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That evening, we made our way down to Hanalei Bay to watch the sun set. It is so serene and peaceful to watch the sun slowly dip beneath the horizon, all while enjoying the sound of the waves breaking against the white sand. It was great to spend a few hours just relaxing and taking in the sights and sounds of a Hawaiian sunset.

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The next day was fairly low-key, as we spent the morning at a local farmers market. In the evening, we decided to go back down to Queen's Bath, as the clouds were looking as if they'd make for a good sunset. My intuition was correct, but before we made it down to Queen's Bath, we stumbled across a family of Brown Anoles. I was surprised how close they let me get, although the close focusing of the 12-100 PRO at 100mm was certain an aid as well. The sunset didn't disappoint (do they ever when you're in Hawaii?), and made for yet another amazing evening in paradise.

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On our last day full day in Kauai, we spent the morning getting breakfast at a local cafe and packing up most of our stuff. However, we did have a treat in store that evening, a dinner cruise on a catamaran touring the Napali Coast. While we didn't get golden light I was hoping for, we still had some great weather, and even were treated to a rainbow over the Kalalau Valley. I couldn't think of a better way to spend our final evening in Kauai and Hawaii.

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The next day was unfortunately extremely brief. The downside of traveling to Hawaii is that if you live on the east coast of the US, you end up losing nearly an entire day on way back home. A mid-morning flight meant a fairly early wake-up, after which we threw our stuff in the car and began making our way to the airport. Along the way, we managed to find another little local cafe to grab breakfast at before getting to the airport. Despite the time zone changes and total travel time, it's still well worth the minor inconvenience to experience the beauty that Hawaii has to offer. The islands are beautiful, yet so diverse from one another. Hawaii was so much more than I could've ever imagined, and I can't wait to go back one day.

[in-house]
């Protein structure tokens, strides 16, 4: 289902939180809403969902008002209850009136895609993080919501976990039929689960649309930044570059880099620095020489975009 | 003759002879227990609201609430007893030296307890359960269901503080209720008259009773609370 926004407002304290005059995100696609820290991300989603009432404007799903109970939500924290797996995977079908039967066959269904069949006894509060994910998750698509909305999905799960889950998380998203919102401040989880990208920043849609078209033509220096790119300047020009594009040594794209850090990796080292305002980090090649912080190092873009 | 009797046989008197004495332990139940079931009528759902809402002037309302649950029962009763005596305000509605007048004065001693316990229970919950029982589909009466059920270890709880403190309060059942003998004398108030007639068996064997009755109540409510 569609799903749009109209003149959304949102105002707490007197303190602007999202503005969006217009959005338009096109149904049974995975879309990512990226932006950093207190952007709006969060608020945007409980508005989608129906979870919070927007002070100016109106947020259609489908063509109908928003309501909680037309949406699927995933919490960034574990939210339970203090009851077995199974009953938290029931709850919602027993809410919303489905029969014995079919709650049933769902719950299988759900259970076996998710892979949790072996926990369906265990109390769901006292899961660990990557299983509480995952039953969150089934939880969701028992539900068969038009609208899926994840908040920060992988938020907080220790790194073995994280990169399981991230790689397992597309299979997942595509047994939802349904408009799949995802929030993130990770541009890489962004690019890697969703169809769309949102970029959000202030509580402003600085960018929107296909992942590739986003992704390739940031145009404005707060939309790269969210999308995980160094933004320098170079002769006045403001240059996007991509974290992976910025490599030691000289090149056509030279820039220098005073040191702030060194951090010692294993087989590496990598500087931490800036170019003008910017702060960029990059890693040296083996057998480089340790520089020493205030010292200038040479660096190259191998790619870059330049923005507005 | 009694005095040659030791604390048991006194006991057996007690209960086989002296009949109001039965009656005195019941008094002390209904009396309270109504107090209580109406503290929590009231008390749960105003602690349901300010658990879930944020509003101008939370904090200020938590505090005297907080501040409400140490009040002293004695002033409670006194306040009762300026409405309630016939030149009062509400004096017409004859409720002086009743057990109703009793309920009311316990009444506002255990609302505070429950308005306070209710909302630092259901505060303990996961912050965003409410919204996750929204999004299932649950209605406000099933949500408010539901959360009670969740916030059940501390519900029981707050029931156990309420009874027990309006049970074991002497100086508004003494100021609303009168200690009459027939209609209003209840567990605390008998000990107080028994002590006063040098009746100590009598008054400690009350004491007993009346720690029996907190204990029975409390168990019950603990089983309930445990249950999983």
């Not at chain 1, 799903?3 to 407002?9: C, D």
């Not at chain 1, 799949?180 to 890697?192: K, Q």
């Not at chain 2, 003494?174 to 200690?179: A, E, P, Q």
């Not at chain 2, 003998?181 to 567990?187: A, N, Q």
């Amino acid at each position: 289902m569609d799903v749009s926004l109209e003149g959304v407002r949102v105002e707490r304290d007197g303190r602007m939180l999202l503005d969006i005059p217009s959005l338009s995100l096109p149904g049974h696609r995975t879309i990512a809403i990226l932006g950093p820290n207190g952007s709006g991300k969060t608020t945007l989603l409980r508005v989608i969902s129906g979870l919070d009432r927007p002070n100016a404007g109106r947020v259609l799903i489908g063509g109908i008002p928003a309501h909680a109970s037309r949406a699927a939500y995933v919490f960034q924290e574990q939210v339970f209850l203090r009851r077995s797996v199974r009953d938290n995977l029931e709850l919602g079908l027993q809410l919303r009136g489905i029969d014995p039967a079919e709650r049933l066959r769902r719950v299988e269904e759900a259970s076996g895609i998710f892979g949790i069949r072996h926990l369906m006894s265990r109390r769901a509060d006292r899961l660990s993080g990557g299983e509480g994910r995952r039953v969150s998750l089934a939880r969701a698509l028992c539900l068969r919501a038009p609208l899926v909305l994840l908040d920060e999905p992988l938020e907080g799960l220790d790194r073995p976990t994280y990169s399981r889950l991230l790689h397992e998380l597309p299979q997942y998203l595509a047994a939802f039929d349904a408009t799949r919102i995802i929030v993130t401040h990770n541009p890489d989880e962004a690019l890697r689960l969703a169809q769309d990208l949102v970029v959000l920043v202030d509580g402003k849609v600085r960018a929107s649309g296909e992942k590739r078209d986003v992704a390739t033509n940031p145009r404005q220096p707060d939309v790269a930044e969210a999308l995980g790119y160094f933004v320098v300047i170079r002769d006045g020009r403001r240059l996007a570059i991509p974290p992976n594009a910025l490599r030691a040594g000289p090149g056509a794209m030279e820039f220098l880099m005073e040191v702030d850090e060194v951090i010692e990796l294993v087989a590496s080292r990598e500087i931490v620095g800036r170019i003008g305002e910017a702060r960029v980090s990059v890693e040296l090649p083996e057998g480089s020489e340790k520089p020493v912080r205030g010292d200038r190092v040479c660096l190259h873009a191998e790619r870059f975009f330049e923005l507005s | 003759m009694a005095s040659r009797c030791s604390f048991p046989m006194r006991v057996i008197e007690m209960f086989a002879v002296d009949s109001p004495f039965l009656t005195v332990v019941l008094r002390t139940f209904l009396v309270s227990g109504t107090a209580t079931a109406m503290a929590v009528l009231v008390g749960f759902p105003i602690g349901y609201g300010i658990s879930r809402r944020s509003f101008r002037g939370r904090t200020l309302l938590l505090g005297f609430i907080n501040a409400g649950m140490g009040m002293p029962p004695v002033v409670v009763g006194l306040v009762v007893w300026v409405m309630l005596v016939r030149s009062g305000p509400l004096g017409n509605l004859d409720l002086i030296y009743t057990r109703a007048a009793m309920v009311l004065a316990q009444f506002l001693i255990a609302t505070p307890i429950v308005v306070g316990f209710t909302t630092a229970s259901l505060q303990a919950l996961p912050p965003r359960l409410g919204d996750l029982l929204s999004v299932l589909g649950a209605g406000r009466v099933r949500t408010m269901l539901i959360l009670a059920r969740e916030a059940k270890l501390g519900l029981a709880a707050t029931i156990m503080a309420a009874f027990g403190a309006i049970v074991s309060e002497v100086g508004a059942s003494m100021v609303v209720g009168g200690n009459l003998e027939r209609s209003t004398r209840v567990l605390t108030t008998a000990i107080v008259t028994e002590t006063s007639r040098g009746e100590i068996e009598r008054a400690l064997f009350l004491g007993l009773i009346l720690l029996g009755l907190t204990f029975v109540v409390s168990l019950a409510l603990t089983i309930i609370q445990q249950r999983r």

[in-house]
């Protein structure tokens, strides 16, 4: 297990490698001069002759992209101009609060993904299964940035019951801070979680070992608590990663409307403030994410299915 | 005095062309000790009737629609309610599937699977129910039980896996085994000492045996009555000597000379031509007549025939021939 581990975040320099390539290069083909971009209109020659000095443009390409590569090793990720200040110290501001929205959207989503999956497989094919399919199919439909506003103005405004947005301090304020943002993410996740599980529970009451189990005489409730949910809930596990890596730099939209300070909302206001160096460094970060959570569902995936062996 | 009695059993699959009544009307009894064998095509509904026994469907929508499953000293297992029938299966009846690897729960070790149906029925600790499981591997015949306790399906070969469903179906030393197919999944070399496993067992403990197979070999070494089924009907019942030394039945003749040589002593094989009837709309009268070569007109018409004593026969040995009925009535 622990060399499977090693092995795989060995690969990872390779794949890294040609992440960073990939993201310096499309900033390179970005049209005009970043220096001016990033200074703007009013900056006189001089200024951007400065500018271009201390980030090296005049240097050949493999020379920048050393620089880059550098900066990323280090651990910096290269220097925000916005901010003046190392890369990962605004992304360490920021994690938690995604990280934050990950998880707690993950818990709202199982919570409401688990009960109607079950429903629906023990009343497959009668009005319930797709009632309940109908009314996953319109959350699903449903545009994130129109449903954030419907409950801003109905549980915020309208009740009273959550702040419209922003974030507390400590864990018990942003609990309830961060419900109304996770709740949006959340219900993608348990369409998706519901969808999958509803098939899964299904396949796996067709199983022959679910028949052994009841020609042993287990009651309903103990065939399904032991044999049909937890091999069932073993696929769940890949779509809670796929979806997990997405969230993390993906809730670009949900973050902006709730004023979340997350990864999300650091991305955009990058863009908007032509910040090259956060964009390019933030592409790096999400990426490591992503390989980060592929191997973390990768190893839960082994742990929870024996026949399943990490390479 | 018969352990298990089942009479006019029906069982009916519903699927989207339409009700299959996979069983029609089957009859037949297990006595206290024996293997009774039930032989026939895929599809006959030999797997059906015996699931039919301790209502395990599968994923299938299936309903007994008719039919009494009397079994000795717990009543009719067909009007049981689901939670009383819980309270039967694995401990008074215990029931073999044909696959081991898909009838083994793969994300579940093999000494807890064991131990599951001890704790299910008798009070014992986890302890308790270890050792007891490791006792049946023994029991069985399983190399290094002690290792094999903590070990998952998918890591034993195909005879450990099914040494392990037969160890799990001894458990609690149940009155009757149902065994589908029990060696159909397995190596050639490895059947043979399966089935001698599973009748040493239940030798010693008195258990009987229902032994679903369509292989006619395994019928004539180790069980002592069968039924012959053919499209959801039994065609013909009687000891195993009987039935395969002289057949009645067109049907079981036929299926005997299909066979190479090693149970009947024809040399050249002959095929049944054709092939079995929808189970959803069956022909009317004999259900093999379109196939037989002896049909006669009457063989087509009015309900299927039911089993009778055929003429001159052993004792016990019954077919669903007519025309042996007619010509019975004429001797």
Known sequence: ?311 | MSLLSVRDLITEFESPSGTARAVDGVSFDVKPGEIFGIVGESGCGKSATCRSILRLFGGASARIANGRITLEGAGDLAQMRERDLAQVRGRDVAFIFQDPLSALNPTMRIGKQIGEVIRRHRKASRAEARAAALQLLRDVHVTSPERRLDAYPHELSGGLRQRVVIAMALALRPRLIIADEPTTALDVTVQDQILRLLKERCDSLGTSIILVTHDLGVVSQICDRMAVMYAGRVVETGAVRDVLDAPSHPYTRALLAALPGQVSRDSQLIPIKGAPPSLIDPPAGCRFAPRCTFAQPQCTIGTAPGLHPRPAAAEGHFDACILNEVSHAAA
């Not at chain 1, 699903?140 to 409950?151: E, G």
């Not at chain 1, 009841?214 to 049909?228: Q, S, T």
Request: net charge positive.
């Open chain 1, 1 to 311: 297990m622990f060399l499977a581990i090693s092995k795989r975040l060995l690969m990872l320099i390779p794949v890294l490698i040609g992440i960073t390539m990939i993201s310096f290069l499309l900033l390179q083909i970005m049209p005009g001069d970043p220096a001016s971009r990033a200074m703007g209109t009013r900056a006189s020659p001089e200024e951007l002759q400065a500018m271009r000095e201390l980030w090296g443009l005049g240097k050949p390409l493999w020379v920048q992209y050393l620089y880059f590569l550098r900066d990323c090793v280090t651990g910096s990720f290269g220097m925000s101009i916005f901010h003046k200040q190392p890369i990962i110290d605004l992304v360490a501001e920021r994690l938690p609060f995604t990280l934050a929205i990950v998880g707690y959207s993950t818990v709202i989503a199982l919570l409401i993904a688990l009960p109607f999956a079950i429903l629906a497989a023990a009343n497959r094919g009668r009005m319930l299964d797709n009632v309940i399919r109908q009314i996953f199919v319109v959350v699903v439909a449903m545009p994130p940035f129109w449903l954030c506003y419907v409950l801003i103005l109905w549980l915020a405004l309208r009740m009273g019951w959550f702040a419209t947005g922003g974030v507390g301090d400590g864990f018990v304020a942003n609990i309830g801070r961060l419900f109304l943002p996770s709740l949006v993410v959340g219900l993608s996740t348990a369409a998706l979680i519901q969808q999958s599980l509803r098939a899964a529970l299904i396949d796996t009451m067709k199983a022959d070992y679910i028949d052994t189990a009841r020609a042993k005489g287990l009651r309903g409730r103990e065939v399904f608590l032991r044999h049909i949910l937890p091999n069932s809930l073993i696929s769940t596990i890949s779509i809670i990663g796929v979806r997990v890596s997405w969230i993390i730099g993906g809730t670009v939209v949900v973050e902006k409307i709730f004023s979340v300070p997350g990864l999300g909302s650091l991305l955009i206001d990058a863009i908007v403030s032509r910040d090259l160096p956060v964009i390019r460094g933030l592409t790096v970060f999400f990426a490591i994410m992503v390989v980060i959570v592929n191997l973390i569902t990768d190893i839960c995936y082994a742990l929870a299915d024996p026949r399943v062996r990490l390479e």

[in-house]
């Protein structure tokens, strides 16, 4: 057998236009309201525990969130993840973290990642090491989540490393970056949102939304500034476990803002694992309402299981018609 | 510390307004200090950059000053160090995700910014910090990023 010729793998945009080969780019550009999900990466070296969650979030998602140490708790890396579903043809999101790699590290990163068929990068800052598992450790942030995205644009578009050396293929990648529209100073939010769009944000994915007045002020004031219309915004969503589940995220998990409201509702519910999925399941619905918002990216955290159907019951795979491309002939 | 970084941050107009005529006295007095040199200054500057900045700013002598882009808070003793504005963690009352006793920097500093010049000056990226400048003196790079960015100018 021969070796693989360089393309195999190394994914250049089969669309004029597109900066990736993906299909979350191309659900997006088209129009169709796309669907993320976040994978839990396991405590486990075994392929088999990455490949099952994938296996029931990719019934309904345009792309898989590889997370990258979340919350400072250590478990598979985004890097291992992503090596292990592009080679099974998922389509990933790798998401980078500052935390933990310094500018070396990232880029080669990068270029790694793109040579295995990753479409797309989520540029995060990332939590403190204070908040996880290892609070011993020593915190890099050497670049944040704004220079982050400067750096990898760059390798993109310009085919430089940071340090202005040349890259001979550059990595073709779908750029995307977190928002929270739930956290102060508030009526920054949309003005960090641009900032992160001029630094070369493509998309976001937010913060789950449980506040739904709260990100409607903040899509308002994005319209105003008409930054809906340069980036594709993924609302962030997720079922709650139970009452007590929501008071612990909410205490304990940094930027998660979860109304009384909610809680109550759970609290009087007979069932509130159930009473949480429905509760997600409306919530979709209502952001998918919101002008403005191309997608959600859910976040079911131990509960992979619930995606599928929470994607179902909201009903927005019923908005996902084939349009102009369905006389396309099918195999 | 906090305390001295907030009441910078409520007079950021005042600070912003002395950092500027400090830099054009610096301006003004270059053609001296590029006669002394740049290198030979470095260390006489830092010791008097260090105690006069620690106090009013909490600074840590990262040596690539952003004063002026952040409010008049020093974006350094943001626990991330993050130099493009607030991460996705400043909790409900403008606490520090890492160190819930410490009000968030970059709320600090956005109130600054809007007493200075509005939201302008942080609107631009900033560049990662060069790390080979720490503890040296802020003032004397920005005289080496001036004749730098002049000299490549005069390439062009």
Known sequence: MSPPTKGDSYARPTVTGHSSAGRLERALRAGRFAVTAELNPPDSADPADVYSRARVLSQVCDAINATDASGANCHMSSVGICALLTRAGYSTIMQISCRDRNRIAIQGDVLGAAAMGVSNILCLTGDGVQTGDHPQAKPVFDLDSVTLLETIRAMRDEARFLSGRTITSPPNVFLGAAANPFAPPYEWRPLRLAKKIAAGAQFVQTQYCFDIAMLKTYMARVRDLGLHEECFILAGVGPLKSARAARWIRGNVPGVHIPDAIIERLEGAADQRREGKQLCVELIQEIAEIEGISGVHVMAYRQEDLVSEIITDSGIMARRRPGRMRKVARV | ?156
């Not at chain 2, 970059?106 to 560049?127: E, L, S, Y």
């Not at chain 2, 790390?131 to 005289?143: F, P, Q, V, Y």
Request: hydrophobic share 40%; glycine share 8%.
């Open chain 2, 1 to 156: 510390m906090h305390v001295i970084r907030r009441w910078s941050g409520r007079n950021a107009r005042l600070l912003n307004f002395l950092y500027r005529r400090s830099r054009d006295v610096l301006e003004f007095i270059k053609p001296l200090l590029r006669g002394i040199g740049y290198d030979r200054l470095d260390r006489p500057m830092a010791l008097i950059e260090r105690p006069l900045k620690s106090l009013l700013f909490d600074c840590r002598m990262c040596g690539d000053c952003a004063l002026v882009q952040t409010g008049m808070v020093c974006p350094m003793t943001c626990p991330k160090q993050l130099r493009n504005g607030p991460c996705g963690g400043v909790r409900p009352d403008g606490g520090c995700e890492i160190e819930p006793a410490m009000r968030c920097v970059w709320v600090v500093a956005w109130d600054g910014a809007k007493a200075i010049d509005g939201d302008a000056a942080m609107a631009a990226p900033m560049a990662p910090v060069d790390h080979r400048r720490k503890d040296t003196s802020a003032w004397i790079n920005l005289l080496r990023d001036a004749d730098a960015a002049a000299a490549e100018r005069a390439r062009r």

ijm5012

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another great set, Ian. Been waiting for all of these
Thanks Damian, very much appreciated. I'm glad to have finally made the time to sit down and get these images put together in a thread.
 

wjiang

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Now that's the Hawaii that I was expecting!
I love your use of the UWA and telephoto for many these. I can really see how the 8-18 and the 12-100 shine for travel!
 

ijm5012

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Now that's the Hawaii that I was expecting!
I love your use of the UWA and telephoto for many these. I can really see how the 8-18 and the 12-100 shine for travel!
Thank you. Yes, the PL 8-18 was indispensable, and the 12-100's versatility was fantastic. Great lenses to travel with!
 

ArcticaMT6

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Great shots. I need to get back to Hawaii. #13 with the sunset is my favorite.

Just as a heads up: On #3, you have a slight bit of halo on the left side of the log. A bit more clean up of the mask should fix it. The rest are all great, and that was the only thing I saw.
 

mumu

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Tremendous photos! I've been to Hawaii over a half-dozen times so I was starting to feel photographically jaded about going there (I still love it but more for the experience of being there vs. a photo destination). But your photos have really inspired me to try harder to get good photos. In fact, I think I'll re-visit the photos I took several years ago with my GH2. My Lightroom kung fu has improved so I may be able to squeeze out better results from those old raw files. I love the colour depth and tonal range of your photos (composition is great, too). The first Queen's Bath photo is outstanding.